Phishing is one of the oldest tricks in the book when it comes to online scams, but it continues to be effective because of its simple design. A target is asked to take action on a message sent via email, social media or some other channel; if the lure is successful, personal data may then be harvested, or malware might even be installed on the device in question.
The 2017 State of the Phish Report analyzed 10 million simulated phishing emails and found that while click rates (i.e., actually acting on the phishing prompt) declined from 2015 to 2016, the vast majority of information security professionals (76 percent of them) reported being victims of phishing attacks. More than 40 percent of them also faced phishing attempts via text message or phone call. A separate study found a surge in social media-initiated phishing campaigns in the final quarter of 2016.
How can you stay safe in a world where phishing is everywhere? A good place to start is to know the tell-tale signs of a phishing scheme:
1. There are errors in punctuation, grammar and/or spelling
Imagine getting an email from a major airline or pharmaceutical company that was nevertheless riddled with stylistic mistakes. Such sloppiness is often a red flag that the message is not what it seems and should be ignored. Would you surrender sensitive personal information to a stranger prone to making typos in allegedly “urgent” emails?
2. The hyperlink is actually different from what it says it is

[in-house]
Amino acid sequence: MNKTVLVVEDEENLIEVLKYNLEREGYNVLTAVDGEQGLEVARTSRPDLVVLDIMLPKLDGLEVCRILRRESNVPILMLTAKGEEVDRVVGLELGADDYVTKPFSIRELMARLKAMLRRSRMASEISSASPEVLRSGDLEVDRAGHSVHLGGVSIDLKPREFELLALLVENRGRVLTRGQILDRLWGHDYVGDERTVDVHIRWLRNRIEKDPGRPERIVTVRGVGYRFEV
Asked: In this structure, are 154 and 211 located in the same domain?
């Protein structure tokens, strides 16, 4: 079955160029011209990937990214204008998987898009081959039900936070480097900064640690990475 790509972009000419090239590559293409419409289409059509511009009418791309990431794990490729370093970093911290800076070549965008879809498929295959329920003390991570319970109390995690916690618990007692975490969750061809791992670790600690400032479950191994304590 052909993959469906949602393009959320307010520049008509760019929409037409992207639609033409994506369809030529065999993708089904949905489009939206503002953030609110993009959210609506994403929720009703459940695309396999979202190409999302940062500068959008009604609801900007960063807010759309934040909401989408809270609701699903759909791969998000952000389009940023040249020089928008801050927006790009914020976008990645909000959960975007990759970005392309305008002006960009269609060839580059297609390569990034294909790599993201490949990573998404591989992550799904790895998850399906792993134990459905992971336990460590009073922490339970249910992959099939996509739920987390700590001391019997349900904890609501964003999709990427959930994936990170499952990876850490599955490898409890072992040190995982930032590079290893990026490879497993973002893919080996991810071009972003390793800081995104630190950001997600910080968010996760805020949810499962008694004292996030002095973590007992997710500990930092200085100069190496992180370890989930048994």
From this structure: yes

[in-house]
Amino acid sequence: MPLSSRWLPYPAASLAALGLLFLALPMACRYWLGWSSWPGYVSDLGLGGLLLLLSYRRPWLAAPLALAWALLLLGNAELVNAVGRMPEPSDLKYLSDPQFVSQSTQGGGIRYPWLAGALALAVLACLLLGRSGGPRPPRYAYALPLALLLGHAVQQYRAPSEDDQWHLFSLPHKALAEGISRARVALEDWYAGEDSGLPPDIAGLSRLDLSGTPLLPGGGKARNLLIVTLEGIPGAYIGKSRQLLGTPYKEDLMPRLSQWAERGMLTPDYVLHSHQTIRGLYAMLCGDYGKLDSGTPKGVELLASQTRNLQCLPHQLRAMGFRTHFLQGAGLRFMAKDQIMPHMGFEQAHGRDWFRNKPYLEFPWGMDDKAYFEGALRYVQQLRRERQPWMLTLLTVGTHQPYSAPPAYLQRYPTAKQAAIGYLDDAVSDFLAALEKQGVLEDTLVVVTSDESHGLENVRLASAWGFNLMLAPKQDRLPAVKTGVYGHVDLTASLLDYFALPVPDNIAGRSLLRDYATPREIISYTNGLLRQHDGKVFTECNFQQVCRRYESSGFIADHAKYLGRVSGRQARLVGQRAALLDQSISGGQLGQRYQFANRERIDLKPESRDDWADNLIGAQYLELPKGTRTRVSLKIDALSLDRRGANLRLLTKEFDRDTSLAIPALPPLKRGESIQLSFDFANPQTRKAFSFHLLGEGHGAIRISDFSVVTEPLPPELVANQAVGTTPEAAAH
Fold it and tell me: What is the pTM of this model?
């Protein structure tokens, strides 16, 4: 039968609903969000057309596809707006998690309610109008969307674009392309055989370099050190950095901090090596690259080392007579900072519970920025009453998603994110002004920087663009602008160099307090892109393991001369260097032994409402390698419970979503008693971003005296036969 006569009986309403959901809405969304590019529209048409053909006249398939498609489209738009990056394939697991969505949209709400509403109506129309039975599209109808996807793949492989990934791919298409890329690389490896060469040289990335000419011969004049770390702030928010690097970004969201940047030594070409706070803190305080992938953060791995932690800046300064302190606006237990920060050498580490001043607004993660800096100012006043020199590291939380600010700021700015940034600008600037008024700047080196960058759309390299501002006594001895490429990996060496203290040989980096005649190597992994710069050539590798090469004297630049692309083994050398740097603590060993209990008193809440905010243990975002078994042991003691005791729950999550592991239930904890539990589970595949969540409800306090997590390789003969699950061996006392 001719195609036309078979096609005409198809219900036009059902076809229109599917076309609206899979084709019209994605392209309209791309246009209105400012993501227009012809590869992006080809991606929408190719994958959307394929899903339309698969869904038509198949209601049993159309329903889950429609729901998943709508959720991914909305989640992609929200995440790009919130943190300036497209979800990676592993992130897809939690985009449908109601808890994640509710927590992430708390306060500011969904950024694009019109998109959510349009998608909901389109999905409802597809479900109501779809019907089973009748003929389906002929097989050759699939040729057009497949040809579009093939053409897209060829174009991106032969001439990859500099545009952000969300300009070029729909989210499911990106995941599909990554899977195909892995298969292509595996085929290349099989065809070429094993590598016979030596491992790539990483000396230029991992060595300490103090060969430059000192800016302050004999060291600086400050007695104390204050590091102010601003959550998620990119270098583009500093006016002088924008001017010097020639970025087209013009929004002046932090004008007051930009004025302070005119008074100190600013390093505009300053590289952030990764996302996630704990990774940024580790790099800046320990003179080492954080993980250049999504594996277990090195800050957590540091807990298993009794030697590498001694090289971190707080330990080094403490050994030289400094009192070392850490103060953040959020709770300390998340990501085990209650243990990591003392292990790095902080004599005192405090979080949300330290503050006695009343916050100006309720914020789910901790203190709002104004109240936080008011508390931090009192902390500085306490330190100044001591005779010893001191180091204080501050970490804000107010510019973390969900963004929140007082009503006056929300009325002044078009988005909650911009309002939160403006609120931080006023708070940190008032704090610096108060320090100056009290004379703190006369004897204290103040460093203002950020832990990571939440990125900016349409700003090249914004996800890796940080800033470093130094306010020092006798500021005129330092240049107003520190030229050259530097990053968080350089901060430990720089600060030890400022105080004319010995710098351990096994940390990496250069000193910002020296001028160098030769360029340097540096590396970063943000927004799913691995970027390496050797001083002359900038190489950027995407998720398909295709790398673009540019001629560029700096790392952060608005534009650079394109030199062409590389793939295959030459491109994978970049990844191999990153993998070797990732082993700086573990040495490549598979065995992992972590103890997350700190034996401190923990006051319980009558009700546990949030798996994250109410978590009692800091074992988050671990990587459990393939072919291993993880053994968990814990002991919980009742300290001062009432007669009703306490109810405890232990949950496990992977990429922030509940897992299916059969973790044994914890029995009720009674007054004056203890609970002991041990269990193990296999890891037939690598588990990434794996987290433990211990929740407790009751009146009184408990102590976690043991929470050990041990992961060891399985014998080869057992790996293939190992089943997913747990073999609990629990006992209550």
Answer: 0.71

The linchpin of any phishing scheme is the URL to a compromised website, from which data can be captured. This URL is usually embedded in the body of the email or text message, but it is often now what it appears to be:
- The link might look legitimate on the surface, but hovering your mouse over it might reveal that it actually leads somewhere else.
- A URL shortener – the most famous variant is bit.ly – might be used to obscure the domain and content of the link.
3. The message claims to be from a U.S. government agency
Many phishing scams take the form of communications claiming to be from a federal agency such as the IRS or the FBI. However, as a rule, these bureaucracies almost never use email to communicate with the public. Any phishing email designated as an “official” piece of correspondence from the government can be safely ignored.
4. It asks you to send money
Sophisticated phishing campaigns may be drawn out over a lengthy exchange of messages, instead of being limited to a one-off attempt at getting you to click on something. In these cases, it is possible you will be asked to send money to cover expenses or fees, with the promise that you will get a larger payment down the road (which of course never comes).
“Sophisticated phishing campaigns may be drawn out over a lengthy exchange of messages.”
Protect yourself from phishing with Unlimited Internet Security
Memorizing these signs is a good start to staying safe from phishing. But some emails and messages are convincing enough that you might end up clicking anyway. Accordingly, it is a good idea to have a backup plan, in the form of comprehensive protection for your online activity.
Unlimited Internet Security from Total Defense is the ticket, capable of shielding sensitive transactions, screening for virus and securing your identity. You can find out more today on the main product page.